For today, the site contains three main lines of articles: Reviews, LensWars, LensRomantic – these sets can be called as projects. Most of materials are related to that rubrics, but not every, some of the articles are devoted to other issues.
- Reviews – classical format articles with descriptions of lenses, results of tests and conclusions.
- LensWars – comparisons of the different lenses.
- LensRomantic – comparisons of the identical lenses.
Reviews can contain sharpness/resolution tests on the different distances with or without compensation of field curvatures, chromatic aberrations test, geometry, coma, vignetting, bokeh, light-bubbles etc. Also can be presented historical notes, optical design schemes, pictures with lens exteriors, conclusions and personal opinions.
Every review has a dedicated label, like this one:
If you see a picture like this – just click on it to go to review. Also you can copy it as html-element to anywhere you need.
After getting a new lens, I always take a few technical shots to understand its strengths and weaknesses – usually, it helps me a lot to start using an unknown lens with much less of doubt. One day I decided that my data might be interesting for someone else and this site has been made.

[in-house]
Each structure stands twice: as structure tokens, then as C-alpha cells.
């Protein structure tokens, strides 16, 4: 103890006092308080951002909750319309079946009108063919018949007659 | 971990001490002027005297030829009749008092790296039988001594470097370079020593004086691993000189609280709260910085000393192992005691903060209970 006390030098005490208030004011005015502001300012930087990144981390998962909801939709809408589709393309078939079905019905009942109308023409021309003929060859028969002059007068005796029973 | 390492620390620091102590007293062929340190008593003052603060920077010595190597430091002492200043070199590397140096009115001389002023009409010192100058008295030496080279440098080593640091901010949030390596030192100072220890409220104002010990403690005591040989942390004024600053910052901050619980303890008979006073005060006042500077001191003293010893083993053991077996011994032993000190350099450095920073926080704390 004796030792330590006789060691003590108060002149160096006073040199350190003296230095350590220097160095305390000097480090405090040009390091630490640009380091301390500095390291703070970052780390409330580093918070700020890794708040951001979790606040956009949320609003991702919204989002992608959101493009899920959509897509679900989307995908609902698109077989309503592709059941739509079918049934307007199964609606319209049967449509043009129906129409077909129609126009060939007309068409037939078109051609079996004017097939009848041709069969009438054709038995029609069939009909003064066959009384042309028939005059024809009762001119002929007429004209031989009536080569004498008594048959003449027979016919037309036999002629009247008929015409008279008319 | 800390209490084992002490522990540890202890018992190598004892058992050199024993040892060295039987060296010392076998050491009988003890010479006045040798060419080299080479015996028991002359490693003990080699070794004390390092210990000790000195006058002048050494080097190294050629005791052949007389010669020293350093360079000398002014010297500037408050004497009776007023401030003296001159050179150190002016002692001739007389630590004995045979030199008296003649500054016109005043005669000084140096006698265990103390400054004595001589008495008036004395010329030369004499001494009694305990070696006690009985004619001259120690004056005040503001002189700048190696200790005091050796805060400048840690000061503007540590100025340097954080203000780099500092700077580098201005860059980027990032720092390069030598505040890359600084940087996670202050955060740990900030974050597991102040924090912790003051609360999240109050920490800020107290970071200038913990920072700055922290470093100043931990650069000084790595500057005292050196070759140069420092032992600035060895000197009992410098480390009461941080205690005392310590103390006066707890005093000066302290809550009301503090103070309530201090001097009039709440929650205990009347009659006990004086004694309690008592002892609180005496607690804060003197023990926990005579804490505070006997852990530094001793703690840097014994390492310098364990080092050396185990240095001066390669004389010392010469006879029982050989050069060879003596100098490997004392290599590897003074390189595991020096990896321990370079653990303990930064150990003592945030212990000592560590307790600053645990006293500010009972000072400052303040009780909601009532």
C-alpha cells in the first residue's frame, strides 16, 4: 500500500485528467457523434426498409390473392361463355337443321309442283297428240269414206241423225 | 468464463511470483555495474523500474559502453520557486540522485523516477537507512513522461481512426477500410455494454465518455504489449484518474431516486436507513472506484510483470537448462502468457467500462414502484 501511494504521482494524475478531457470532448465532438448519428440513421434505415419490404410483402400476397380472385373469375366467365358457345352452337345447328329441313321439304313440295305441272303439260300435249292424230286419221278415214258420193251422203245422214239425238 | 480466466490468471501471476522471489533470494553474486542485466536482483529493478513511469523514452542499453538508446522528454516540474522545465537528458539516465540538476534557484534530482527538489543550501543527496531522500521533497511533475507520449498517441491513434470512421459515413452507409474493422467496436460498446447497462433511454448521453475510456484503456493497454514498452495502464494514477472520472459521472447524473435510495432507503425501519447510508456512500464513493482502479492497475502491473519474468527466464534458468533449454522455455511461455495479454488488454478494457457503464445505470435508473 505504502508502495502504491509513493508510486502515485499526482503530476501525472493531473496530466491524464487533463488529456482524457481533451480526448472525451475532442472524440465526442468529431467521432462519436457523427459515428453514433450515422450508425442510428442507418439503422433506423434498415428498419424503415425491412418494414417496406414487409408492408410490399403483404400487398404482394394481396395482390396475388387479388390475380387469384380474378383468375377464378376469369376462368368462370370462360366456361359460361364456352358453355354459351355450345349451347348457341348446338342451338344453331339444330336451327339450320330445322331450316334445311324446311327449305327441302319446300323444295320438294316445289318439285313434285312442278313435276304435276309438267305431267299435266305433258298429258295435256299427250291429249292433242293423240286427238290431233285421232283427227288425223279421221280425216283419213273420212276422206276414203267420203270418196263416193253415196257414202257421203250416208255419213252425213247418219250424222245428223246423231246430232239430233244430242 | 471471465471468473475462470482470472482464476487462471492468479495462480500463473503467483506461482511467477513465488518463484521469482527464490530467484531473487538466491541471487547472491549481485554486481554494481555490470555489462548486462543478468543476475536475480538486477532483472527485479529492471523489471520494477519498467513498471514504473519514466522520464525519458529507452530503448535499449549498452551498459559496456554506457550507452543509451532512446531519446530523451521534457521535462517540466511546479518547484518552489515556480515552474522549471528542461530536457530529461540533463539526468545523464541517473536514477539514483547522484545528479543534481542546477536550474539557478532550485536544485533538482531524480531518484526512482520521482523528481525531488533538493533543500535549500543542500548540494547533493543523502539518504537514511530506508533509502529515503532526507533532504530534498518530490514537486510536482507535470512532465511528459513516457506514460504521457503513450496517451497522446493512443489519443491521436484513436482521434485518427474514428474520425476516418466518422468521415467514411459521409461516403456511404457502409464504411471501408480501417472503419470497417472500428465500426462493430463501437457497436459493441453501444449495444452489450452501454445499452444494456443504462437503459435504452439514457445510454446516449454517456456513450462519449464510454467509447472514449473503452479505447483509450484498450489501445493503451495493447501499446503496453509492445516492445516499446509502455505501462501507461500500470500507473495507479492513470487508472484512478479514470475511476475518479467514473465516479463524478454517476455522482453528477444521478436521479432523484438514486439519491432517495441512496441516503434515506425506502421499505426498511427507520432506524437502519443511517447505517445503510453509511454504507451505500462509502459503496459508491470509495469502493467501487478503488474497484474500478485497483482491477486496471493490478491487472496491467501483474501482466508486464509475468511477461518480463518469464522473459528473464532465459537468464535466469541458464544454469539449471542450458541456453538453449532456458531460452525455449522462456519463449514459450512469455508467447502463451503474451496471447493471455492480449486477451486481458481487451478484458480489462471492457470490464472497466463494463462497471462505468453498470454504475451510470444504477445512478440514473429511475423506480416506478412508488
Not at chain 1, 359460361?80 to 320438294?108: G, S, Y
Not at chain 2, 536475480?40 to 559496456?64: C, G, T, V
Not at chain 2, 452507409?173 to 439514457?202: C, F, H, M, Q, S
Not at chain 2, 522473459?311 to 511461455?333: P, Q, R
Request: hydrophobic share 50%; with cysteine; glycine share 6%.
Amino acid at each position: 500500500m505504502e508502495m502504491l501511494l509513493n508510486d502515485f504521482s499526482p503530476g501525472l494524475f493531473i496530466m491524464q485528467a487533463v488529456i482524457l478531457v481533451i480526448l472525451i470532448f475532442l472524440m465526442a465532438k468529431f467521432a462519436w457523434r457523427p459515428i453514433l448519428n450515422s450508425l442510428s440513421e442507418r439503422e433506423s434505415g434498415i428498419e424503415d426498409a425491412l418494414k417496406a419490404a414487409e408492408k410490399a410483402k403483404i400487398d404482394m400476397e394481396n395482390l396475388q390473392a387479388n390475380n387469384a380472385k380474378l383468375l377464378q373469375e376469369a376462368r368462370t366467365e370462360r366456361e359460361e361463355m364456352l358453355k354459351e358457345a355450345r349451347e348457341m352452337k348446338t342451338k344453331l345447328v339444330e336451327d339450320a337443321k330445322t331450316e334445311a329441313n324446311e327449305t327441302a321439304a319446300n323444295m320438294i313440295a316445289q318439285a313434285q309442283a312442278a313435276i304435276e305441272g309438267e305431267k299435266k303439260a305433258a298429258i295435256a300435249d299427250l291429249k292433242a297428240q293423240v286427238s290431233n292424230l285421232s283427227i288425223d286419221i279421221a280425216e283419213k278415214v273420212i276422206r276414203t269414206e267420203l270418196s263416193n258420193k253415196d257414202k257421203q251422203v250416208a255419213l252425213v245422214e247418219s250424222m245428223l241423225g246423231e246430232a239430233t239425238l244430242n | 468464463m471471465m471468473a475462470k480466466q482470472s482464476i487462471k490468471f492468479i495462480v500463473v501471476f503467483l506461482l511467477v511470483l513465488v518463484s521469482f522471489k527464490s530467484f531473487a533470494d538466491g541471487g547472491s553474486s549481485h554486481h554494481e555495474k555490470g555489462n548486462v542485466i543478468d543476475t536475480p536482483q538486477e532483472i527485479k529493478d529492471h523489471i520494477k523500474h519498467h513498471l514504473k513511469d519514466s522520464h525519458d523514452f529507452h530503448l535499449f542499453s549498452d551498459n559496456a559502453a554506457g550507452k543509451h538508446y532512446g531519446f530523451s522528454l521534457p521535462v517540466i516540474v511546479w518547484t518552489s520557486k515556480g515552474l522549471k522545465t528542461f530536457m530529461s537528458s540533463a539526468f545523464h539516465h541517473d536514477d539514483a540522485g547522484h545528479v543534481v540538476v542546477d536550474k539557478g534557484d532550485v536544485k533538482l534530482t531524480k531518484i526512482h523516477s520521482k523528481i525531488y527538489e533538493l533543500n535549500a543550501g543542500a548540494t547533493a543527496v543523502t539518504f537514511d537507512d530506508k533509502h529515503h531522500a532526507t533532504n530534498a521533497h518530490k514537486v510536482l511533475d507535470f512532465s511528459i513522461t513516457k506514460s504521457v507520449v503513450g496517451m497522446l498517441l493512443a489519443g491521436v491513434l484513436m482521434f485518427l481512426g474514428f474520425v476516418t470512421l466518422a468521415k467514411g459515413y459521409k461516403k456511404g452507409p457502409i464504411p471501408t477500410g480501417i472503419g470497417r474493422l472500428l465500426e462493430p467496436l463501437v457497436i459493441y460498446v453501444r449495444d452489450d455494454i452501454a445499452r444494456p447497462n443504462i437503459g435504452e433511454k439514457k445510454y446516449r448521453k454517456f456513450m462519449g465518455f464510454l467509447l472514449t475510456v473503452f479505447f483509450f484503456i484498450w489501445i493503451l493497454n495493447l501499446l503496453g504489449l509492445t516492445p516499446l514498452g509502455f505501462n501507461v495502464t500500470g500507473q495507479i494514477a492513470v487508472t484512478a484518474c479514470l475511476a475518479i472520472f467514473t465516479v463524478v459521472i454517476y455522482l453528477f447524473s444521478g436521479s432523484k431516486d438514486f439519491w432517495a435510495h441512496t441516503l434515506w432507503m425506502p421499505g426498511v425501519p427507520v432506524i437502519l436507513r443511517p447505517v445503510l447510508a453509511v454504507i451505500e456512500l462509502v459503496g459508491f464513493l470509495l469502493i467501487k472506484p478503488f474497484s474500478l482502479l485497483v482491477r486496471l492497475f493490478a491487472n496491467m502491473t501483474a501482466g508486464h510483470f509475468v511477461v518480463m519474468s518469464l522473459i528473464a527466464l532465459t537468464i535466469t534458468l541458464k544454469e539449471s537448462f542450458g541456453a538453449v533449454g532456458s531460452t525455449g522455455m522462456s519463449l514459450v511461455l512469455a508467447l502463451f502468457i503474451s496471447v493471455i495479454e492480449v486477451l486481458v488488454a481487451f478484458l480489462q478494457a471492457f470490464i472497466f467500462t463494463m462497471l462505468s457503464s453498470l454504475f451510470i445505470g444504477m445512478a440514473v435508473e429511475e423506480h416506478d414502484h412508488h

Head-to-head comparisons of lenses. These tests are based on photos taken on the same gear, same conditions and even without a big gap in time between tests.
Here is an example:
This is a very demanded type of tests – the best way to answer for the typical questions like “what lens is the best by a specific aspect/characteristic”
Such comparisons can give us a piece of information about the degree of trust and the degree of applicability of lenses testing results. It can be interesting mostly for collectors or technicians,so doesn’t contain extended conclusions or descriptions with transcripts of results – everything can be seen on samples diagrams. True photographers can skip it and immediately go to the lens review pages.
This is not the secret that most of the lenses have deviations in construction which mean deviations in optical behavior. Reasons can be any: production quality tolerance, normal wear, consequences of disassembling, damages, etc. So, such comparisons help to understand: how much tests results are applicable to all other lenses of the same model line?
This article also can help with understanding of the purpose.
I don’t especially tend to look for second copies of lenses, but you know how it happens, for example, you bought one lens for review, but tomorrow you accidentally found a set of other lenses into which it belongs. If this is a bargain, then you still buy the kit, and then sell the extra lenses. Why not do paired tests before selling?
I hope that LensQAWorks will help you to choose the right lens.